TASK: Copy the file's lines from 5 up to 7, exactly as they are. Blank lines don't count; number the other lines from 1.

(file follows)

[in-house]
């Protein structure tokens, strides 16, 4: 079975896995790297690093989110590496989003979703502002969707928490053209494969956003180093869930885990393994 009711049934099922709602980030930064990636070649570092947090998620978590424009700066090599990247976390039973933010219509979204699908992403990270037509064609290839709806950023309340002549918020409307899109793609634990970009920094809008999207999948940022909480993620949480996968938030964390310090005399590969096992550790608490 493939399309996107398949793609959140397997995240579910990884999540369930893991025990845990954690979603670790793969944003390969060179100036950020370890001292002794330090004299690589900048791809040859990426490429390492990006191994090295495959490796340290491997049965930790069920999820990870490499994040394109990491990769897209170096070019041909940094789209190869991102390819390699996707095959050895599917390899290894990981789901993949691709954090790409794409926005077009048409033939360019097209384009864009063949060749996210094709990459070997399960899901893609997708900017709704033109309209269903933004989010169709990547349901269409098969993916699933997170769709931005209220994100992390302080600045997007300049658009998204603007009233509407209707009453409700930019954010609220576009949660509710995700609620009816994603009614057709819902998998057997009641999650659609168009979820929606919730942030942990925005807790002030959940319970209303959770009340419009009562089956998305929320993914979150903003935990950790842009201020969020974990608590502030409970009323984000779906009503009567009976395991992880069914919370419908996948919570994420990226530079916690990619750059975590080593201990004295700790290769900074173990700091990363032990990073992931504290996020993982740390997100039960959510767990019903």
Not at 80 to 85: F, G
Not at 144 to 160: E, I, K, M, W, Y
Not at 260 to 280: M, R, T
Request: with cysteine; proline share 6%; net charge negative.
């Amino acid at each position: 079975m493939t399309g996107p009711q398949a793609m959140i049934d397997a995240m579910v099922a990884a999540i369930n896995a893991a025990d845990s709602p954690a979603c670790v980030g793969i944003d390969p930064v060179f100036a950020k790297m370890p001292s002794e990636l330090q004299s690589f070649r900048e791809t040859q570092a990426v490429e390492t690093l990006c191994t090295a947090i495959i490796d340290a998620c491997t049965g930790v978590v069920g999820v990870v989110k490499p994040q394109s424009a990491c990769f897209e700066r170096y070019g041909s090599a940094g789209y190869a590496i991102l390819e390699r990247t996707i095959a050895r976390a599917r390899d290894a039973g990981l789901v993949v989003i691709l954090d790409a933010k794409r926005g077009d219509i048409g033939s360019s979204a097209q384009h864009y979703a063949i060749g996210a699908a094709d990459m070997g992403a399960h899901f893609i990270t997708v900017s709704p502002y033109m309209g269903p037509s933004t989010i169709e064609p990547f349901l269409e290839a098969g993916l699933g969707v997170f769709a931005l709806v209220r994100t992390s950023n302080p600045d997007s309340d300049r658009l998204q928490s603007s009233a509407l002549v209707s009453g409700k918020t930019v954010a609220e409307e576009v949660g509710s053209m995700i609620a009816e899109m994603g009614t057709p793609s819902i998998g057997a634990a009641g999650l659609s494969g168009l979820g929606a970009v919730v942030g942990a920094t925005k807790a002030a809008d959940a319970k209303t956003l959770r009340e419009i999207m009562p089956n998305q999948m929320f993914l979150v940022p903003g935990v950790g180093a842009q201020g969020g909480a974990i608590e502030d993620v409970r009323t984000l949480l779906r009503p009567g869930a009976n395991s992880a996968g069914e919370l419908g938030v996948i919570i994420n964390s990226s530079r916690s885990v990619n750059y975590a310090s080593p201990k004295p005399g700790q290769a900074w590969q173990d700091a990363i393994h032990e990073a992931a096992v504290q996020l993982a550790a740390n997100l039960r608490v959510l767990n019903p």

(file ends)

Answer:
Not at 260 to 280: M, R, T
Request: with cysteine; proline share 6%; net charge negative.
């Amino acid at each position: 079975m493939t399309g996107p009711q398949a793609m959140i049934d397997a995240m579910v099922a990884a999540i369930n896995a893991a025990d845990s709602p954690a979603c670790v980030g793969i944003d390969p930064v060179f100036a950020k790297m370890p001292s002794e990636l330090q004299s690589f070649r900048e791809t040859q570092a990426v490429e390492t690093l990006c191994t090295a947090i495959i490796d340290a998620c491997t049965g930790v978590v069920g999820v990870v989110k490499p994040q394109s424009a990491c990769f897209e700066r170096y070019g041909s090599a940094g789209y190869a590496i991102l390819e390699r990247t996707i095959a050895r976390a599917r390899d290894a039973g990981l789901v993949v989003i691709l954090d790409a933010k794409r926005g077009d219509i048409g033939s360019s979204a097209q384009h864009y979703a063949i060749g996210a699908a094709d990459m070997g992403a399960h899901f893609i990270t997708v900017s709704p502002y033109m309209g269903p037509s933004t989010i169709e064609p990547f349901l269409e290839a098969g993916l699933g969707v997170f769709a931005l709806v209220r994100t992390s950023n302080p600045d997007s309340d300049r658009l998204q928490s603007s009233a509407l002549v209707s009453g409700k918020t930019v954010a609220e409307e576009v949660g509710s053209m995700i609620a009816e899109m994603g009614t057709p793609s819902i998998g057997a634990a009641g999650l659609s494969g168009l979820g929606a970009v919730v942030g942990a920094t925005k807790a002030a809008d959940a319970k209303t956003l959770r009340e419009i999207m009562p089956n998305q999948m929320f993914l979150v940022p903003g935990v950790g180093a842009q201020g969020g909480a974990i608590e502030d993620v409970r009323t984000l949480l779906r009503p009567g869930a009976n395991s992880a996968g069914e919370l419908g938030v996948i919570i994420n964390s990226s530079r916690s885990v990619n750059y975590a310090s080593p201990k004295p005399g700790q290769a900074w590969q173990d700091a990363i393994h032990e990073a992931a096992v504290q996020l993982a550790a740390n997100l039960r608490v959510l767990n019903p």